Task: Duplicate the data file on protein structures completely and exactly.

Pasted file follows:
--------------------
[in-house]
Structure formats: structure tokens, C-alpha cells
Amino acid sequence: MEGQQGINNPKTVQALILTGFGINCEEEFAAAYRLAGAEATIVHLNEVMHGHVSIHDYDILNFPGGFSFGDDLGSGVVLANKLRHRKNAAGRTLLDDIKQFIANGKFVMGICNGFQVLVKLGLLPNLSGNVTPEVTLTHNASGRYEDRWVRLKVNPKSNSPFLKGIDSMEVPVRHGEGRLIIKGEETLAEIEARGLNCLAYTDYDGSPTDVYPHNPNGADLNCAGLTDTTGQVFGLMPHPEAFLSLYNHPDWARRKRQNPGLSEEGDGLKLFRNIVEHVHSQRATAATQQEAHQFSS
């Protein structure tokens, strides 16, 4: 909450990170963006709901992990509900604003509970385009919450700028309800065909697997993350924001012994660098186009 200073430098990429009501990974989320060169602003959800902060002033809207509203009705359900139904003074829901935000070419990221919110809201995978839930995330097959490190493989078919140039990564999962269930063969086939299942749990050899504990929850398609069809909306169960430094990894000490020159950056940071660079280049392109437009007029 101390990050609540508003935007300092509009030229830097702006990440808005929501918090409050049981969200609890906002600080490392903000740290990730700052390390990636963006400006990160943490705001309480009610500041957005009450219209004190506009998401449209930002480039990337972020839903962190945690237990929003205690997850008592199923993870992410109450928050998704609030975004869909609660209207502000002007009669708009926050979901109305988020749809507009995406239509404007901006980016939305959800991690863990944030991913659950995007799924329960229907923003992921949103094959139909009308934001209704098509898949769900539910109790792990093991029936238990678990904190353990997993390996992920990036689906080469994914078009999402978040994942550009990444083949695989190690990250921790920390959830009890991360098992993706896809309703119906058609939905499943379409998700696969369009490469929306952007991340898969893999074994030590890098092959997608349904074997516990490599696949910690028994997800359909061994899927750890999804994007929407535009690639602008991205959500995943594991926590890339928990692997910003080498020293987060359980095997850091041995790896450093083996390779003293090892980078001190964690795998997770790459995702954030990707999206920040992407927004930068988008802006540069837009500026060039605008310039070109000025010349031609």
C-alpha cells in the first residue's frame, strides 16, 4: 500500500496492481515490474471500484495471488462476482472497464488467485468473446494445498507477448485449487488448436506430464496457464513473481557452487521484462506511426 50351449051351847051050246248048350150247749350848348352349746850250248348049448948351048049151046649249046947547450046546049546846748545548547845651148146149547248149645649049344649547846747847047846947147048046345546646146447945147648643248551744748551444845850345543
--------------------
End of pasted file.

[in-house]
Structure formats: structure tokens, C-alpha cells
Amino acid sequence: MEGQQGINNPKTVQALILTGFGINCEEEFAAAYRLAGAEATIVHLNEVMHGHVSIHDYDILNFPGGFSFGDDLGSGVVLANKLRHRKNAAGRTLLDDIKQFIANGKFVMGICNGFQVLVKLGLLPNLSGNVTPEVTLTHNASGRYEDRWVRLKVNPKSNSPFLKGIDSMEVPVRHGEGRLIIKGEETLAEIEARGLNCLAYTDYDGSPTDVYPHNPNGADLNCAGLTDTTGQVFGLMPHPEAFLSLYNHPDWARRKRQNPGLSEEGDGLKLFRNIVEHVHSQRATAATQQEAHQFSS
């Protein structure tokens, strides 16, 4: 909450990170963006709901992990509900604003509970385009919450700028309800065909697997993350924001012994660098186009 200073430098990429009501990974989320060169602003959800902060002033809207509203009705359900139904003074829901935000070419990221919110809201995978839930995330097959490190493989078919140039990564999962269930063969086939299942749990050899504990929850398609069809909306169960430094990894000490020159950056940071660079280049392109437009007029 101390990050609540508003935007300092509009030229830097702006990440808005929501918090409050049981969200609890906002600080490392903000740290990730700052390390990636963006400006990160943490705001309480009610500041957005009450219209004190506009998401449209930002480039990337972020839903962190945690237990929003205690997850008592199923993870992410109450928050998704609030975004869909609660209207502000002007009669708009926050979901109305988020749809507009995406239509404007901006980016939305959800991690863990944030991913659950995007799924329960229907923003992921949103094959139909009308934001209704098509898949769900539910109790792990093991029936238990678990904190353990997993390996992920990036689906080469994914078009999402978040994942550009990444083949695989190690990250921790920390959830009890991360098992993706896809309703119906058609939905499943379409998700696969369009490469929306952007991340898969893999074994030590890098092959997608349904074997516990490599696949910690028994997800359909061994899927750890999804994007929407535009690639602008991205959500995943594991926590890339928990692997910003080498020293987060359980095997850091041995790896450093083996390779003293090892980078001190964690795998997770790459995702954030990707999206920040992407927004930068988008802006540069837009500026060039605008310039070109000025010349031609």
C-alpha cells in the first residue's frame, strides 16, 4: 500500500496492481515490474471500484495471488462476482472497464488467485468473446494445498507477448485449487488448436506430464496457464513473481557452487521484462506511426 50351449051351847051050246248048350150247749350848348352349746850250248348049448948351048049151046649249046947547450046546049546846748545548547845651148146149547248149645649049344649547846747847047846947147048046345546646146447945147648643248551744748551444845850345543